In prisoner swap deal, Iran releases US veteran held for nearly two years

Iranian women walk in April 2020 in the northeastern city of Mashhad, where US Navy veteran Michael White had been held.
Iranian women walk in April 2020 in the northeastern city of Mashhad, where US Navy veteran Michael White had been held. © - ISNA/AFP/File

A US Navy veteran detained in Iran for nearly two years has been released and started making his way home as part of a prisoner deal involving an American-Iranian doctor prosecuted in the United States, American officials said Thursday.    

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The US special envoy for Iran, Brian Hook, flew to Zurich to meet freed detainee Michael White of Imperial Beach, California. 

Iran's move to free White and the US decision to let the doctor, Majid Taheri, visit Iran, appeared a rare instance of US-Iranian cooperation, and a White House spokesman said White's release may lead to an opening in the bitter relationship.

Iran's foreign minister confirmed both moves.

White had been released from an Iranian prison in mid-March on medical furlough but had been held in Iran under Swiss custody. Switzerland looks after US interests with Tehran because the United States and Iran lack diplomatic relations.

President Donald Trump confirmed the news on Twitter, saying, "I am to happy announce that Navy Veteran, Michael White, who has been detained by Iran for 683 days, is on a Swiss plane that just left Iranian Airspace. We expect him to be home with his family in America very soon."

Separately, Taheri's lawyer said the Iranian-American physician will visit family in Iran and seek medical treatment before returning to the United States as part of a US-Iranian agreement that included White's release.

A person familiar with the matter, speaking on condition of anonymity, said White's release followed several months of discussions between the two countries.

The two countries are at bitter odds over US penalties imposed after Trump withdrew the US from the 2015 nuclear deal and over the killing by American forces of a top Iranian general in Iraq at the beginning of this year.

“I am blessed to announce that the nightmare is over, and my son is safely in American custody and on his way home,” White’s mother, Joanne White, said in a statement. She thanked the State Department and Bill Richardson, a former US ambassador to the United Nations and onetime New Mexico governor, for raising her son’s case with the Iranians.

Richardson, who met with Iran's foreign minister and ambassador to the UN about the case, said in a statement that the “release should have and could have been done earlier, but I am glad and relieved that Mike is on his way home to get treated." White had been diagnosed with coronavirus, but has been recovering.

'Kidnap-for-ransom scheme'

White was detained by Iranian authorities in July 2018 while visiting a woman he had met online and fallen in love with. He was convicted of insulting Iran’s supreme leader and posting private information online, and was sentenced to a decade in prison.

“Simply put, the ‘charges' against Michael were pretexts for a state-sponsored kidnap-for-ransom scheme,” family spokesman Jon Franks said in a statement Thursday. “The tragedy of this case is Michael's only only crime was falling in love with Iran and its people for whom he cares deeply.”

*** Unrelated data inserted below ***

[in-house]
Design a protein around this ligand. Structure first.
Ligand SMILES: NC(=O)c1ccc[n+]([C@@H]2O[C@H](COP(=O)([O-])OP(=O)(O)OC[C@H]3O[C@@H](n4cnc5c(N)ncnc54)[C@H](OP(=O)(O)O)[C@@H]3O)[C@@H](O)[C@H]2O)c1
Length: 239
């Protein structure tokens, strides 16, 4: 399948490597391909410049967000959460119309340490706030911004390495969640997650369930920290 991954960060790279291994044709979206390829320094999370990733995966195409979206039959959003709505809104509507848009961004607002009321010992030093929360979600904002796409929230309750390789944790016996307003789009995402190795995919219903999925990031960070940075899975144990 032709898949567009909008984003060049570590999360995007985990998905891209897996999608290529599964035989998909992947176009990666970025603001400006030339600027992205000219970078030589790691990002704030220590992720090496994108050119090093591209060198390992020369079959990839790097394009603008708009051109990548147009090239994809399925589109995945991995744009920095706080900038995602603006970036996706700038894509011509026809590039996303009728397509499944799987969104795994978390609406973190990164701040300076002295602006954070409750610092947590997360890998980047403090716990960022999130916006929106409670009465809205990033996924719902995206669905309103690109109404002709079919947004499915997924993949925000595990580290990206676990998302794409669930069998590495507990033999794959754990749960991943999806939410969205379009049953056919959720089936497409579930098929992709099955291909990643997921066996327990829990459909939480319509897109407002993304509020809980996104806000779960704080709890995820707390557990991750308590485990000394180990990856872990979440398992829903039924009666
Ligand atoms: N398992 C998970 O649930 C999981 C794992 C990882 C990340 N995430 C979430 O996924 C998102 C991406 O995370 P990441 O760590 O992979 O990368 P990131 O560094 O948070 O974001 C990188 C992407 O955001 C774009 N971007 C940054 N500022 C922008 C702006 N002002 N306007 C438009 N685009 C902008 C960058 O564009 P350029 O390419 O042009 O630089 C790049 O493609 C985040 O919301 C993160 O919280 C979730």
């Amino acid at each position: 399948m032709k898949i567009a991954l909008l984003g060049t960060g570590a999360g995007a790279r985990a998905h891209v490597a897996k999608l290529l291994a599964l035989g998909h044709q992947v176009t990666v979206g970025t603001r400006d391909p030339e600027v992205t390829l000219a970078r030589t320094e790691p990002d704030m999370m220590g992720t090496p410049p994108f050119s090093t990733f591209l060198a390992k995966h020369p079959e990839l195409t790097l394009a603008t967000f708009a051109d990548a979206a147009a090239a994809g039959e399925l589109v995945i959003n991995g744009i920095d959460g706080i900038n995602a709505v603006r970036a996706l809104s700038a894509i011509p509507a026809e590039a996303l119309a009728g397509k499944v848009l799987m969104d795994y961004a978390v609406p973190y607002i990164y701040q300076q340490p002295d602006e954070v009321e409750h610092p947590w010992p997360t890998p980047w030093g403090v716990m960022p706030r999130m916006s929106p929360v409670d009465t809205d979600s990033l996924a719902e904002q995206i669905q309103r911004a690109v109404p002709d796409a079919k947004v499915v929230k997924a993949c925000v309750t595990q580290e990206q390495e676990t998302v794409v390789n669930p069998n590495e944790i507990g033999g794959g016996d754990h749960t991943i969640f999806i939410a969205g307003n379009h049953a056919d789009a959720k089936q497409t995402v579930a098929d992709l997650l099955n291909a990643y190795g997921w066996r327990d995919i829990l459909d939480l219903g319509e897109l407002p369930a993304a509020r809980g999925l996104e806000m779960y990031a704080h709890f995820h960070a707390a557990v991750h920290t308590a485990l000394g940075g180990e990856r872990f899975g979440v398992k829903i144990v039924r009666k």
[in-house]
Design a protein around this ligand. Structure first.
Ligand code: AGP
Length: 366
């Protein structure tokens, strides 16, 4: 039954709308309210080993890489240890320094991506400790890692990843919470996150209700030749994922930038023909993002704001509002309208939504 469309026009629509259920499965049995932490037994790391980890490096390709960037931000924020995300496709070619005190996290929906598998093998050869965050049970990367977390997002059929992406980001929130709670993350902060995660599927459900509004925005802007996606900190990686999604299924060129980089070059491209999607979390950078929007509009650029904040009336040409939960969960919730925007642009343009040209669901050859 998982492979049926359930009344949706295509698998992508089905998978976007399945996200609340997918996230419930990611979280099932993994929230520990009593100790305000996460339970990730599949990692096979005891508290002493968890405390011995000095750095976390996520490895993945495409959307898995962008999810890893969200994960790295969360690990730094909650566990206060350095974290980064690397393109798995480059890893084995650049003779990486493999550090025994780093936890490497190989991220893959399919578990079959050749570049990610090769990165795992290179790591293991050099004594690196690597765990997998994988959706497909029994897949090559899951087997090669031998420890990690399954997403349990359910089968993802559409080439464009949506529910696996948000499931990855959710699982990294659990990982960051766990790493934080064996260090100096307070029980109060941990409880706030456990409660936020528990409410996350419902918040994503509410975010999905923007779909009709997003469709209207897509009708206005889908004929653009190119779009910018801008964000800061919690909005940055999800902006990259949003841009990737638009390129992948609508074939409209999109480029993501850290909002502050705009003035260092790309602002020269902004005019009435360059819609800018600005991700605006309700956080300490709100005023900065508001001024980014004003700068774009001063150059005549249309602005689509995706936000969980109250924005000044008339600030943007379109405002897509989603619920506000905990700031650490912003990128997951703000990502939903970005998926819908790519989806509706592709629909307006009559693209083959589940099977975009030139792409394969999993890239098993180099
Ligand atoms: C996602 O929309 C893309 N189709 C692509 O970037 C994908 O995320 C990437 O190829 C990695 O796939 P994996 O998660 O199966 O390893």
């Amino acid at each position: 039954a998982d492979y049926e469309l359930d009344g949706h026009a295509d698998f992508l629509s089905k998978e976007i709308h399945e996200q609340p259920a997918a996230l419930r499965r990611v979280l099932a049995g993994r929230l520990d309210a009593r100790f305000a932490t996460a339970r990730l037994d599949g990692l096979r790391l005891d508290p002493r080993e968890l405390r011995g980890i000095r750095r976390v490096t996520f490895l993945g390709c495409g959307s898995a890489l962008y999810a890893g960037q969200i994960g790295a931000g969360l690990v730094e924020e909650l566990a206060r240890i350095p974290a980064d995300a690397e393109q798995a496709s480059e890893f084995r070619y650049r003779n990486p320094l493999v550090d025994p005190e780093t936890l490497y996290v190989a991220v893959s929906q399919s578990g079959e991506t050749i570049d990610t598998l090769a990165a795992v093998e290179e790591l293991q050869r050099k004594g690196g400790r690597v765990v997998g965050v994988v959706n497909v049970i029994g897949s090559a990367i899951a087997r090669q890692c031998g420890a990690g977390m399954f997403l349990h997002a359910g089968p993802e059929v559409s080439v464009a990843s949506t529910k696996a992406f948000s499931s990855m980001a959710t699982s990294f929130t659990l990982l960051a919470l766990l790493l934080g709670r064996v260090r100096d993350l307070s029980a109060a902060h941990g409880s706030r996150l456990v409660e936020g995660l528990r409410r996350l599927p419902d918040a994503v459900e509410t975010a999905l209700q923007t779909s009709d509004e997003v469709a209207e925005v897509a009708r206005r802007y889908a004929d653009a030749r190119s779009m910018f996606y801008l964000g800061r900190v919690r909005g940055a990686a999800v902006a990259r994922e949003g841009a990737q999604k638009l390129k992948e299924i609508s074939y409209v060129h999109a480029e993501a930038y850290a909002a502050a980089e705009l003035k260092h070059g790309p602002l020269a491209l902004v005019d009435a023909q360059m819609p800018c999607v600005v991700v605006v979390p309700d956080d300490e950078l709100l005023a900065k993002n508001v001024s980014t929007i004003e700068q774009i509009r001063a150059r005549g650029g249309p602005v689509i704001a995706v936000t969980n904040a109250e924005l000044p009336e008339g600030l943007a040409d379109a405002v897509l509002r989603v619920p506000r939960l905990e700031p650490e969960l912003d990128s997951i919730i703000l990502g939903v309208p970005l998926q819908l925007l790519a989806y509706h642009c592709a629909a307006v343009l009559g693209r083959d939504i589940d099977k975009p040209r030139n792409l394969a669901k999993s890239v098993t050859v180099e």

Despite widespread speculation, White’s release was not related to the deportation to Iran this week of Iranian scientist Sirios Asghari, the officials said. White's release was predicated on another prisoner deal, the details of which were to be released later Thursday.

In March, White was released from prison on a medical furlough as Iran struggled to cope with the coronavirus outbreak. White was turned over to the Swiss Embassy in Tehran, which represents US interests in Iran. He was among tens of thousands of prisoners granted medical furloughs by Iran, which was one of the first countries to be hit hard by the pandemic.

White’s mother told The Associated Press at that time that she was especially concerned about her son’s health because of his battles with cancer, and Richardson called on Iran to grant him an immediate humanitarian evacuation.

Release of hostages a priority

Trump administration officials have repeatedly said that they consider the release of American hostages and detainees to be a priority, and in recent months stepped up public pressure demands to release White.

Last month, for instance, Secretary of State Mike Pompeo mentioned White by name and thanked Switzerland for its work on arranging the medical furlough. Pompeo also urged Iran to release other Americans held there, including Siamak Namazi and Morad Tahbaz.

Namazi is an Iranian-American national who has been convicted of collaborating with a hostile power. Tahbaz, an Iranian with US and British citizenship, was part of a group of environmental activists sentenced on espionage charges.

In her statement, White said her prayers were with their families and "the families of so many other wrongfully detained Americans around the world.”

In December, Iran released a Princeton University scholar held for three years on espionage charges, widely disputed, in exchange for the release of a detained Iranian scientist.

Hook, the US special envoy, also flew to Zurich to oversee the trade of Chinese-American scholar Xiyue Wang for Massoud Soleimani, who had faced a federal trial in Georgia over charges he violated sanctions by trying to have biological material brought to Iran.

In March, the family of former FBI agent Robert Levinson, who vanished in Iran 13 years ago, said they had been informed that US officials had determined that Levinson was probably dead. Officials have not said how they reached that conclusion.

(FRANCE 24 with REUTERS and AP)

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